I’ve been hoping that being in Oxford this week would help me put some closure on what I hope is the last “Scruggs” legal event. Unfortunately, I am pretty convinced that this won’t be the last hoorah, but as I’ve said a thousand times, the more they fight the inevitable, the more we find out about what actually happened.

My overall impression is that Zach’s team seems intent to try and parse every little thing to the point of absurdity. In other words, if you try to read something an inch from your face, the words are blurry. But when you hold the page at a normal reading distance, it’s pretty clear. Zach’s team is attempting to blur and scatter each word, but the larger context (to me, at least) seems pretty clear both both what was said by key players and what was not said.

There were a couple of surprise guests in the courtroom. I was struck that Ole Miss athletic director Pete Boone was in attendance. After the Robert Khayat letter on behalf of Dickie and how poorly that was taken by Biggers, the appearance of Ole Miss top brass in support of Zach just struck me. Patsy Brumfield also reported that Ken Nowlin (who has a similar 2255 motion pending) was there. There were most definitely Zach supporters there as well as lawyers representing some lingering Scruggs lawsuit parties out there, but it was not an overflowing courtroom by any stretch.

Balducci on the stand was the star witness in the case that never really happened. Zach’s team, led by Chip Robertson, called Tim Balducci first. Balducci has aged noticeably since his videotape debut in 2007. His hair is noticeably grayer. It’s safe to say that he had a rough day. One thing that seemed clear to me about Balducci on both direct and cross was that he hasn’t spent a lot of time dwelling on these events since he got out. Though he was a credible witness, he did not have command of the dates and times of meetings/phone calls and had to be prompted along by both sides. Based on his demeanor, it’s pretty obvious to me that he has put this largely behind him.

Robertson spent most of the morning trying to establish that Zach had never talked to Tim about the money explicity. Robertson also threw Dickie and Sid and Steve Patterson under the bus and was very clear that they were “the bad guys.” They talked very openly and candidly about their guilt as well as Balducci’s.

Chad Lamar, leading the Government’s team, did a really good job in drawing the connective tissue between Zach and the conspiracy. He started by talking to Balducci about the March meeting in the Scruggs Law Firm, where it seemed clear that Zach knew (1) that Balducci was going to see Lackey and (2) why. Next, the fact that Balducci delivered the proposed order to Zach when Dickie wasn’t there (when Balducci picked up his $40K check). Finally, a good bit of time was spent on the Nov 1 transcript where Balducci told Backstrom and Zach about “another load of sweet potatoes” and “get it how you want it”. The killer question he asked was (paraphrasing), “Why didn’t Zach or anyone ask you what the hell you were talking about when you started talking about ‘sweet potatoes’ or that ‘we’re payin’ for it’?” There didn’t seem to be much doubt at the end of it that Balducci thought that while he never had an explicit conversation with Zach about the money that Zach definitely knew what the deal was.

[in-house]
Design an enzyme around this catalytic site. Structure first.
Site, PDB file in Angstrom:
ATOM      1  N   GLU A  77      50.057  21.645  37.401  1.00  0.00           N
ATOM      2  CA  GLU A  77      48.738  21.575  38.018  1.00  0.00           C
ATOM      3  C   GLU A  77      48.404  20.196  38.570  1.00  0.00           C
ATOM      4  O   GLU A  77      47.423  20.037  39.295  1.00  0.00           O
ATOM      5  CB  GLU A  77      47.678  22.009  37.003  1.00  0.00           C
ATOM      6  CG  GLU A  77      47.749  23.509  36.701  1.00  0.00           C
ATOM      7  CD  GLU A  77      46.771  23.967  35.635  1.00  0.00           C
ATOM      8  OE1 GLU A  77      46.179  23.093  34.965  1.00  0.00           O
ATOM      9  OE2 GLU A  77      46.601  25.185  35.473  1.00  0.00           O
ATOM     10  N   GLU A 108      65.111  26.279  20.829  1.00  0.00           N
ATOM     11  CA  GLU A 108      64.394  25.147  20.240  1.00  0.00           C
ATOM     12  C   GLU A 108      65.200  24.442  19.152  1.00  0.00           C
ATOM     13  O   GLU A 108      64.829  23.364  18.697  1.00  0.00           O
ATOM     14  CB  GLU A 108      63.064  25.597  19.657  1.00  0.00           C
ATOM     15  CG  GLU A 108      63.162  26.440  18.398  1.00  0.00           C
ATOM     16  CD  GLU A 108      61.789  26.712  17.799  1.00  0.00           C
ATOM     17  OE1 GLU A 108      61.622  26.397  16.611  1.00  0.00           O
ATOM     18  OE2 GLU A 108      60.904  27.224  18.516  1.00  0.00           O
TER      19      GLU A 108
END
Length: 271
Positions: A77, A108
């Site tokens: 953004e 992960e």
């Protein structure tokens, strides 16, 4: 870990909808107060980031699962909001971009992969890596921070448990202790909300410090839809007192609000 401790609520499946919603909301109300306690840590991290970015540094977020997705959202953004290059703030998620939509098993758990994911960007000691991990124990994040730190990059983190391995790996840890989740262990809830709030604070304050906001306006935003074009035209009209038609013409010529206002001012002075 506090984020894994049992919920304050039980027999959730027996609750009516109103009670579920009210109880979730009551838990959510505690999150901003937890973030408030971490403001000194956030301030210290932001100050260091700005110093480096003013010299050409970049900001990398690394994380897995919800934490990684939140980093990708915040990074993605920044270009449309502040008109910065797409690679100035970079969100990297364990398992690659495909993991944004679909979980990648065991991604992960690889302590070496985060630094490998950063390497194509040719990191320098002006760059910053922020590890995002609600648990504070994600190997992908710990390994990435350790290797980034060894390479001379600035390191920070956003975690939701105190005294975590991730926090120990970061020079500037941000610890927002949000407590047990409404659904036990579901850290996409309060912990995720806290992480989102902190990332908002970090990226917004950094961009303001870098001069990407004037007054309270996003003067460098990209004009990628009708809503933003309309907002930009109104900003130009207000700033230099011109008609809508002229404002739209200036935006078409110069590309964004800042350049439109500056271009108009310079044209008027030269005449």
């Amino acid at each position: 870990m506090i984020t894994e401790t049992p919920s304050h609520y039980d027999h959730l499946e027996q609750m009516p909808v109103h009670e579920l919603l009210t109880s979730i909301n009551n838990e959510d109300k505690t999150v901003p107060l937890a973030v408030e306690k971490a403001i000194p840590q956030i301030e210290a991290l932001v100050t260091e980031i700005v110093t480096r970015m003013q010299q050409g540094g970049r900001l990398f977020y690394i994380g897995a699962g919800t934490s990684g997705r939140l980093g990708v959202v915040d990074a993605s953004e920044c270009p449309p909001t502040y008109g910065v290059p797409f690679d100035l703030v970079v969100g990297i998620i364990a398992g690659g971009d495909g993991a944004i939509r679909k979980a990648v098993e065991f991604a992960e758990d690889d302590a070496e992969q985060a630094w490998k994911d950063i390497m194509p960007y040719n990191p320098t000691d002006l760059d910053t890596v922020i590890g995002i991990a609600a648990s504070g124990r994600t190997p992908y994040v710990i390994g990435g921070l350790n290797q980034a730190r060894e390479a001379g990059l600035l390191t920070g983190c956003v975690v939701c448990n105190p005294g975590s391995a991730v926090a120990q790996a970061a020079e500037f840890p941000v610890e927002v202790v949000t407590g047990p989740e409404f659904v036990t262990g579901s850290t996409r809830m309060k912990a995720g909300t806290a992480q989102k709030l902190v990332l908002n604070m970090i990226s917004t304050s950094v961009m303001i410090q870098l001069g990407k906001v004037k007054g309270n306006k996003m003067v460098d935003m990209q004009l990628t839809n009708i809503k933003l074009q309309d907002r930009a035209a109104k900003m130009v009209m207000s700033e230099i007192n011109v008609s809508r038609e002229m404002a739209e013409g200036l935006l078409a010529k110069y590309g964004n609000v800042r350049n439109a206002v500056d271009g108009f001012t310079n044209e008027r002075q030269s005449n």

The other argument that Lamar did a great job on was talking about “the right legal decision for Lackey.” Remember that in the Johnny Jones case, Jones asked to compel arbitration with SKG partners almost 20 times. After their refusal, Jones filed suit and SKG immediately tried to get Lackey to compel arbitration per the contract. However, since SKG had refused arbitration so many times, there was a legal argument that could be made that they had in essence waived it permanently and that Lackey would be well within his right to allow discovery and a jury trial. Thus, the argument that Lackey “made the right decision” to compel arbitration and thus “no harm no foul” argument that Robertson pushed may get challenged by the Government.

Balducci stayed composed, but came close to losing composure several times as the audio and video clips of the conspiracy were being played in the courtroom. He professed that this was the first time he saw much of the video or heard the audio. The particularly toughest stretch was when he and Lackey were talking on tape about their friendship. Balducci and Lackey did exchange a warm moment in court before proceedings started on Monday and it’s obvious that even after all this, they still care for each other as friends.

Though there may be some intrigue over Dr. Sha Na Na and the admissibility of his testimony, I am waiting to see Backstrom testify and how forcefully he will defend Zach. Remember that the Government has polygraphs from Backstrom and Zach that they assert that both failed although Patsy Brumfield seemed sure that it wasn’t the case. It will be interesting to see if that comes up. The big issue at this point is will Zach ultimately testify? It’s a civil case, and I don’t think he has to, but I would think his case would be dead with Biggers if he didn’t.

There’s also the issue of the ineffective counsel argument that the has had against Tony Farese. Of course, the bar complaint Zach filed against Farese was dismissed as frivolous, but Zach has continued to pound on Farese in this hearing. Will he give that up? If so, that would be total vindication for Farese.